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SledgeHammer

How to declare different const variable when lpCmdLine is different?

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SledgeHammer    122
Hi. I recently learn how to use lpCmdLine like game.exe -easy , etc... // mode=0=easy ... void whatmode() { if (mode==0) { #define MaxEnermy 1 } if (mode==1) { #define MaxEnermy 2 } if (mode==2) { #define MaxEnermy 3 } } Now, when I start the game, MaxEnermy seems to be 3 everytime. So what i want to know is how can I define a constant within a function, but can also be called globally, because I can''t have an if statement without being in a function. In other word, if "game -easy" is executed, I want MaxEnermy=1, and "game -normal" is executed, MaxEnermy=2. Thanks in advance

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Oluseyi    2103
It''s called a global variable.

If you really want to declare a symbol, though, you can do this at the top of your source file:
#define MaxEnemy 1 

and then when you test mode, do this:
...
if(mode == 3)
{
#ifdef MaxEnemy
#undef MaxEnemy
#define MaxEnemy 3
#endif
}
...

Personally, I''d advise you to use a simple integer instead. That way, you could use the value of mode directly and change it more easily.

[ GDNet Start Here | GDNet FAQ | MS RTFM | STL | Google ]
Thanks to Kylotan for the idea!

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Fruny    1658
quote:
Original post by Oluseyi
It''s called a global variable.

If you really want to declare a symbol, though, you can do this at the top of your source file:
#define MaxEnemy 1  

and then when you test mode, do this:
...
if(mode == 3)
{
#ifdef MaxEnemy
#undef MaxEnemy
#define MaxEnemy 3
#endif
}
...

Personally, I''d advise you to use a simple integer instead. That way, you could use the value of mode directly and change it more easily.

[ GDNet Start Here | GDNet FAQ | MS RTFM | STL | Google ]
Thanks to Kylotan for the idea!




Err... doesn''t the preprocessor work BEFORE the parser ? Which means that #directives are blissfully ignorant of the control flow of the program outside of their own #ifs

In SledgeHammer''s example, the macro is redefined 3 times (regardless of the value of mode), while you just undefined it temporarily ?

In short, I doubt a macro would ever work. Go for the global int.

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strtok    191
#define is a preprocessor directive. Before your source code is compiled, the preprocessor looks through it for directives beginning with the ''#'' character. It then simply does a text replacement based on the symbols you''ve defined, and pretty much ignores everything else (perhaps a bit oversimplified, but it''s sufficient). So, basically, when you use something like this:

...
if(mode == 3)
{
#ifdef MaxEnemy
#undef MaxEnemy
#define MaxEnemy 3
#endif
}
else if (mode == 4)
{
#ifdef MaxEnemy
#undef MaxEnemy
#define MaxEnemy 4
#endif
}
...


The preprocessor will first go through the code...and it basically sees this:


#ifdef MaxEnemy
#undef MaxEnemy
#define MaxEnemy 3
#endif
#ifdef MaxEnemy
#undef MaxEnemy
#define MaxEnemy 4
#endif


After the preprocessor is done, the compiler sees this:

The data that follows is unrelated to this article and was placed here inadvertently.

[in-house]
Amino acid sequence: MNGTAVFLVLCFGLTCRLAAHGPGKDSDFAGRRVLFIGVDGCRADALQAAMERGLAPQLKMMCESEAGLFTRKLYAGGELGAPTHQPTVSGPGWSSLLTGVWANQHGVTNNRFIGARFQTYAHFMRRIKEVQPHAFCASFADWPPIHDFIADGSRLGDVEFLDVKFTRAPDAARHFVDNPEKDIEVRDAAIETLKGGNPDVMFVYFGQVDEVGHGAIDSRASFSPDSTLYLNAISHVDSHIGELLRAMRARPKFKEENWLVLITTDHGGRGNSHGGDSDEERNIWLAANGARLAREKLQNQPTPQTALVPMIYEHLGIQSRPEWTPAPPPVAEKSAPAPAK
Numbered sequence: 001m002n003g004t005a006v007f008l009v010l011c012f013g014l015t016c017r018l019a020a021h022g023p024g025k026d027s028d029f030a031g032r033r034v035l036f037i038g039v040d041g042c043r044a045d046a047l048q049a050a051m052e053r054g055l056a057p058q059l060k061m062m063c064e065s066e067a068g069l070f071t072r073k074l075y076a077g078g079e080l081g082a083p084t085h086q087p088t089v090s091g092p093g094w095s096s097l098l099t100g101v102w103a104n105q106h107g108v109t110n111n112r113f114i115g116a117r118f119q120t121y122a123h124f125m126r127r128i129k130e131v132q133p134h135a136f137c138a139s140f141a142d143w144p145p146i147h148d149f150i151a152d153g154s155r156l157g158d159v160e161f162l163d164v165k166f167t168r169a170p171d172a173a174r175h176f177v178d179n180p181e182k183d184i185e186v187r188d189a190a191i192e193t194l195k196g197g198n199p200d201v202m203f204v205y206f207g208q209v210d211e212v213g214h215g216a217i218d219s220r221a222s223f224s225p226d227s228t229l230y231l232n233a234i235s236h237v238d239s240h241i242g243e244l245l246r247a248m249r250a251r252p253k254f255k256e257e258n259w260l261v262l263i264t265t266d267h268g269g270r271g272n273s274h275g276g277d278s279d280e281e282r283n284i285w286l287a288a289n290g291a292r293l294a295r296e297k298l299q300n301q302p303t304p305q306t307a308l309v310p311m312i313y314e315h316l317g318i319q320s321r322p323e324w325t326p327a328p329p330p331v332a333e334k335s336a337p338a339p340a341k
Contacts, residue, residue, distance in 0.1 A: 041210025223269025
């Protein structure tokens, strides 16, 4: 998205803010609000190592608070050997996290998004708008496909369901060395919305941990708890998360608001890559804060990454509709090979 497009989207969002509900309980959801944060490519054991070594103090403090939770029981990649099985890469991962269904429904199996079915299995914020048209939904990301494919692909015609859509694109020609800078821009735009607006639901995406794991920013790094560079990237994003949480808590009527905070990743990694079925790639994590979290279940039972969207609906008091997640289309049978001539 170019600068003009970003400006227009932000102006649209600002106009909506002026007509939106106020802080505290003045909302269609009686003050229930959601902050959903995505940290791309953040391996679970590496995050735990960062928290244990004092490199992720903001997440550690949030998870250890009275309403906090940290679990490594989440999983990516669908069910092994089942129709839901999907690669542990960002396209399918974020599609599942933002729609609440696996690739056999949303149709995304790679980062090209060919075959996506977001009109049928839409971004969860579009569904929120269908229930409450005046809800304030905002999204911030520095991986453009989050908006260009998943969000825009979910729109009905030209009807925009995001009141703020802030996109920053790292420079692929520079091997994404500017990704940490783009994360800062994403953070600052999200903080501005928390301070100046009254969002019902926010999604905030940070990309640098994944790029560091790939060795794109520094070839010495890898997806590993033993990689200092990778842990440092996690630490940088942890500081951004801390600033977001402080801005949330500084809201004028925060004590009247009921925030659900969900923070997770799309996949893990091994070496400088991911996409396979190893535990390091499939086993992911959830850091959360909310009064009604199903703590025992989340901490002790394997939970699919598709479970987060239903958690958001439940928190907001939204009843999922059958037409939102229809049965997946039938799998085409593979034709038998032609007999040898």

...
if(mode == 3)
{
}
else if (mode == 4)
{
}
...


Now, if you actually used "MaxEnemy" in an expression, it would get replaced with 4, because that''s exactly what you told it do:


num_enemies = MaxEnemy;


Compiler sees this:


num_enemies = 4;


It''s easy to see that using the preprocessor for something like this is not going to achieve the results you want it to.

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strtok    191
You don''t want it to be "const" if you plan on changing it based on a condition (which it looks like you are doing).

Do something like this:

int num_enemies;

int WINAPI WinMain (...LPSTR lpCmdLine, ...)
{
...
if (strcmp(lpCmdLine, "-easy") == 0)
{
num_enemies = 2;
}
else if (strcmp(lpCmdLine, "-hard") == 0)
{
num_enemies = 3;
}
...
}

void DoSomethingInteresting (void)
{
...
switch (num_enemies)
{
...
}
...
}


As long as you declare a variable outside of a function, class, or method, it''s global, and you can use it anywhere in the same source file.

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SledgeHammer    122
Okay. But i don''t know how to make the other function that use const to change to int. For example, the tutorial provider has

typedef struct _moveobject
{
float x;
float y;
int active;
float xspeed;
float yspeed;
int style;
int energy;
long score;
int fire;
int wayhadgone;
int other;
}moveobject;

moveobject player[MaxPlayer];
moveobject enermy[MaxEnermy];

How can I use int for the above example, because I know how the int can be defined outside of function, but the whole program is written for const variable, and I don''t know how I can change it to int. I get the following errors when I don''t use #define MaxEnermy or const int MaxEnermy outside of function, but it doesn''t acheive what I want to do.

error C2057: expected constant expression
error C2466: cannot allocate an array of constant size 0

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Oluseyi    2103
@Fruny: thanks for the heads up. Can''t believe I overlooked that.

@SledgeHammer: Your problem with constant values is that the statement you showed is a declaration. You can''t declare a constant-length array with a variable parameter. You''d need to do dynamic memory allocation for that, which is beyond your current scope.

Here''s a workaraound though: always declare the maximum number of enemies possible (say, 5), but only use up to MaxEnemy:
moveobject Enemies[5];
...
// in your main loop:
for(int n = 0; n < MaxEnemy; ++n)
// do something to/with Enemies[n];


Happy Hacking!

[ GDNet Start Here | GDNet FAQ | MS RTFM | STL | Google ]
Thanks to Kylotan for the idea!

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